Friday, February 29, 2008

The More Things Change

Power is poised to shift significantly in 2008 at all levels of government. Partly as the result of the national race for president where local factions were deeply divided and partially because of local races on the 2008 election calendar. We can expect a severe testing of political relationships that might lead to a series of interesting realignments. Certainly for political junkies and even for interested bystanders, wherever Newark ends up on the coming roller coaster of politics the ride is bound to be exciting.

Obama v. Clinton witnessed a split in the community that was so ward specific as to be unmistakable in its implications. Since that Tuesday, February 5th Democratic Primary race speculation as to how it will impact the future has been rampant. And we have seen signs of serious assessment taking place among the major local political camps. Many viewed the outcome as a test of strength for the camps; we viewed the results as predictable for the informed observer.

Reading too much into the results might create a reckless rambunctiousness among the heady setting the stage for a series of needless and counterproductive confrontations. But even cool heads will no doubt seize on the outcome to move toward strategic repositioning. Where everyone will wind up is anybody’s guess. And that is precisely what makes it worth watching. Will the Obamaization of the political landscape that has led to record turnout trickle down to school board and district leader races or will the general public reserve their concern and energy for the November elections?

Young people in Newark have not usually flexed their political muscle in the recent past. They have most often been passive observers offering critiques that serve up their reasons for non-participation in tones that alternate between elitism and nonsense. We can only hope that the Obama/Clinton fever pushes a little heat down to the local level where children and ordinary people need the best representation they can get.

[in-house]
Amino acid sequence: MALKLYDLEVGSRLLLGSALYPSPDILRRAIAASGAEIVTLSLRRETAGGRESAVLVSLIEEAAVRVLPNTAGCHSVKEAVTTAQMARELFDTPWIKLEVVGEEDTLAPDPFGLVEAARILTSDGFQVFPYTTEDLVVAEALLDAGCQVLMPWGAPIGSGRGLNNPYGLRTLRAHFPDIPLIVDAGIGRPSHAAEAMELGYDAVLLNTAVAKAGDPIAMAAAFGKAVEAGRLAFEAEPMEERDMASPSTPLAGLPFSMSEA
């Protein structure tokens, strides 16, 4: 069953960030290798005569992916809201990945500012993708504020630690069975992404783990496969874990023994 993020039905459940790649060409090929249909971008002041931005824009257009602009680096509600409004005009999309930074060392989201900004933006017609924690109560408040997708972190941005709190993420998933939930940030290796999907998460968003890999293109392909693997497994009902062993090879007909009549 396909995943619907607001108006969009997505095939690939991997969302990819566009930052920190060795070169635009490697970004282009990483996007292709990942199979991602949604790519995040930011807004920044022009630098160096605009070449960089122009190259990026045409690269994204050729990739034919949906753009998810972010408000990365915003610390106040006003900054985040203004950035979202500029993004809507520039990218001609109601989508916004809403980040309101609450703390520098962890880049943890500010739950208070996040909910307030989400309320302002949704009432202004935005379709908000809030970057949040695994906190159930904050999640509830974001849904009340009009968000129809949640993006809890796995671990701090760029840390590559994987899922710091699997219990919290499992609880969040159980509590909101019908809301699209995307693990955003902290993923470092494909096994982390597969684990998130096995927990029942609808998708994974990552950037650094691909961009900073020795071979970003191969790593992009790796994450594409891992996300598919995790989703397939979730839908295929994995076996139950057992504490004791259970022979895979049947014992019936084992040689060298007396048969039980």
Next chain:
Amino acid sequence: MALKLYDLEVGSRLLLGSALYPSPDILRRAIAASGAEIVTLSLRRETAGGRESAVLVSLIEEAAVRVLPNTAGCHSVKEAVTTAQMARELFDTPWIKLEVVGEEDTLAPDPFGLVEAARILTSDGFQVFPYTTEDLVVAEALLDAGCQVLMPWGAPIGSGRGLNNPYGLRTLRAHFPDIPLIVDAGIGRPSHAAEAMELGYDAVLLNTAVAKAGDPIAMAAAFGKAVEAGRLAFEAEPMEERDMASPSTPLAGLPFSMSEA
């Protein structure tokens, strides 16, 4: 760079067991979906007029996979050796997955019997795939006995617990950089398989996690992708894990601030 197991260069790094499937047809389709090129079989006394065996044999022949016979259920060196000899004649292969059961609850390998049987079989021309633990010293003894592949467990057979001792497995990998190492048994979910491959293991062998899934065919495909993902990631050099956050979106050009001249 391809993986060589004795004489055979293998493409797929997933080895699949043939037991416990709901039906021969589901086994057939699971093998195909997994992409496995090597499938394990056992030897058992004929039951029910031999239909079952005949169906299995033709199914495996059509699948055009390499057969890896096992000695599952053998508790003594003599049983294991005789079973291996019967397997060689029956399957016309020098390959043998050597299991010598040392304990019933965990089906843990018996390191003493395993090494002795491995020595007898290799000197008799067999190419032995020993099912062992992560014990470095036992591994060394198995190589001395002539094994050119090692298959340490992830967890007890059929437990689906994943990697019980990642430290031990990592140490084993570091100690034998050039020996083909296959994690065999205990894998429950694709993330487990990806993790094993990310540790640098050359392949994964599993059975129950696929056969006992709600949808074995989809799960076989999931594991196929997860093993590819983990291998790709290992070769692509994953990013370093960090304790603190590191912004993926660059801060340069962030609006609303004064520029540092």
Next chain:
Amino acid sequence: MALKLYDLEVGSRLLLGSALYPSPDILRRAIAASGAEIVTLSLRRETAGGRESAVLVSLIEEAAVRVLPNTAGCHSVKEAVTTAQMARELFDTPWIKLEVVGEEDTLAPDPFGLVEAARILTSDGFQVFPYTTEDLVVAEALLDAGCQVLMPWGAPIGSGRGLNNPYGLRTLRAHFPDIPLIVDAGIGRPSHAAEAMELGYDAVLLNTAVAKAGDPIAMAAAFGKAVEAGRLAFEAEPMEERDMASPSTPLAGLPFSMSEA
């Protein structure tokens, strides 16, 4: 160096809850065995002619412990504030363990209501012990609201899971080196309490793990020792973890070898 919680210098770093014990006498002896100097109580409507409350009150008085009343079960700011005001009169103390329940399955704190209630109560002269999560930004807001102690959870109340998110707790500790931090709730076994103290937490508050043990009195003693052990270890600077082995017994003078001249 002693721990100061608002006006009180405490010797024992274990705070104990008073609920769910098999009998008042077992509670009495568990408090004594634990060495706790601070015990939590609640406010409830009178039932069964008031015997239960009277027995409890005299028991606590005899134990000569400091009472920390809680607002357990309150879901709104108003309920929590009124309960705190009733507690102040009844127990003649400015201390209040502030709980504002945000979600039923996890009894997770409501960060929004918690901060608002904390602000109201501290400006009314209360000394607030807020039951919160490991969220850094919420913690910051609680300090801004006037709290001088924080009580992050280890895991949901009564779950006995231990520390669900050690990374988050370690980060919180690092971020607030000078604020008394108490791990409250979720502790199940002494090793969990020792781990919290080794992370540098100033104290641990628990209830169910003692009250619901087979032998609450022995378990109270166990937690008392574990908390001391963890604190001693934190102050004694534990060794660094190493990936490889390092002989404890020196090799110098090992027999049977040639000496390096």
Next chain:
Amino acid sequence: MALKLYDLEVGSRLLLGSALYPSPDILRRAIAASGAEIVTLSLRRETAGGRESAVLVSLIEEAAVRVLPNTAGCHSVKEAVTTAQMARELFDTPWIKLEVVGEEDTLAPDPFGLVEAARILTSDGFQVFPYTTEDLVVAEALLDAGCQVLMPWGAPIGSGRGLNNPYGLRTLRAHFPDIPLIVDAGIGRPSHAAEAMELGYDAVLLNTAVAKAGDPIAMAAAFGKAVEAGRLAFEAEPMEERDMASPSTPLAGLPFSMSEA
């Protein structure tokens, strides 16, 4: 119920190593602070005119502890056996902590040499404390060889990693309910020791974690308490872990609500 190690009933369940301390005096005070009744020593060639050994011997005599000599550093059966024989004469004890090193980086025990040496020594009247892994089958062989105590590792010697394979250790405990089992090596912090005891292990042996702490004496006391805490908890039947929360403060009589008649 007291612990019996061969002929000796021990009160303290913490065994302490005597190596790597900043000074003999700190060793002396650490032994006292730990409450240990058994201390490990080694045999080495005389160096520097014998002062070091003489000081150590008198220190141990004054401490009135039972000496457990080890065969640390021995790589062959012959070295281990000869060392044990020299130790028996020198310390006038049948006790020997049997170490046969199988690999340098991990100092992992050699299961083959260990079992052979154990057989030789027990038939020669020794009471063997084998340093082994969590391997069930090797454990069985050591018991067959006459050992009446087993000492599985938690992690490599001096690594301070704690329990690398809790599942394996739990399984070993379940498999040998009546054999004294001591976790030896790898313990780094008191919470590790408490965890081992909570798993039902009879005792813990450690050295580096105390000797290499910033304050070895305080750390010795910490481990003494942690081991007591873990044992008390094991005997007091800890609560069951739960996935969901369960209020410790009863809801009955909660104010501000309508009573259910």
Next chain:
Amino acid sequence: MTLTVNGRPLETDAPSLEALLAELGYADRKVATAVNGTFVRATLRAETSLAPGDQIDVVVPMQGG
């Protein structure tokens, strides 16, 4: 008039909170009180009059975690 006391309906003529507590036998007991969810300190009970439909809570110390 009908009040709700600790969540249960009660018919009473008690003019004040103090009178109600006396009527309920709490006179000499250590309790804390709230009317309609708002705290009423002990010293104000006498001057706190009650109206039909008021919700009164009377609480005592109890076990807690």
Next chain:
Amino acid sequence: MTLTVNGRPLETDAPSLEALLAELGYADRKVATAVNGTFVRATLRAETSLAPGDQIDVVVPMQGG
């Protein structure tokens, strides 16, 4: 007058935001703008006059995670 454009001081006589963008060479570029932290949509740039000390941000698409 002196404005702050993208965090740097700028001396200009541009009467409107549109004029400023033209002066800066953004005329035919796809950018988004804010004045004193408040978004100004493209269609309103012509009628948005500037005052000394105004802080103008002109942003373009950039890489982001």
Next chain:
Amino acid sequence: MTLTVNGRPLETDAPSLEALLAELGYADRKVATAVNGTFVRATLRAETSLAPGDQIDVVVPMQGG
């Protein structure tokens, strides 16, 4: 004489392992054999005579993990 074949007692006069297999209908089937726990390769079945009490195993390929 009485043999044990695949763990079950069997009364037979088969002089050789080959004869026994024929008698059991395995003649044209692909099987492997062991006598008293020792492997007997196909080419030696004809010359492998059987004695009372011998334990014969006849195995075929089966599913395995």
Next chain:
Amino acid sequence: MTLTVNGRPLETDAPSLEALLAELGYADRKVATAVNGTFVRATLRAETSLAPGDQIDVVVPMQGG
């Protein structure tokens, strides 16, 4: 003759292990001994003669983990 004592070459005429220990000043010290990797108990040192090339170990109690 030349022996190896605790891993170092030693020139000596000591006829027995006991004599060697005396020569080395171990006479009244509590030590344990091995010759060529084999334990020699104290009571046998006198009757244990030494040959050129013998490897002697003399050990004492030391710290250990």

All over the nation young people have sprung into action and made the statement that they are relevant. Now we get to judge their deeper interests and determine whether or not they are consistent. Once again remembering the adage that “all politics is local” we HOPE that when the smoke clears and however the new alignments stack up the sheer energy that falls out of a string of robust political encounters leaves us with a better represented community.

Some volley of activity we see reflects legitimate concern, some is mere posturing and some is insidious and calculating. The uninitiated have to be more careful than usual lest they find themselves entwined with plots and counterplots not of their making that might trigger astounding repercussions for those who get sucked in to this high stakes game. Caution is the watchword. Being too eager to be a player could lead to being played.

In some minds the rest of this political season is just the day-to-day scrimmage work that leads to the next round of municipal elections in 2010. Even so, now is a single moment amidst a never to be repeated history defining circumstance for a dynamic alteration of the political status quo. This is Newark’s period of political rebirth. The struggles are many but we see the generational struggle as most prominent.

On Tuesday February 5, 2008, Newark was portrayed as a dangerously divided city. Everything that happens politically going forward must sense the gravity of where we are. Every step forward must be intentional, thoughtful and aimed at mending the fissures that have long lurked beneath the surface but now rage in the open. It is better we know the truth of where we are than stumble around in a deep pretentious sleep. For sure we are headed for a political shake up. Newark just might realize the culmination of its political fate in 2008. We HOPE it is for the better.

February 27, 2008

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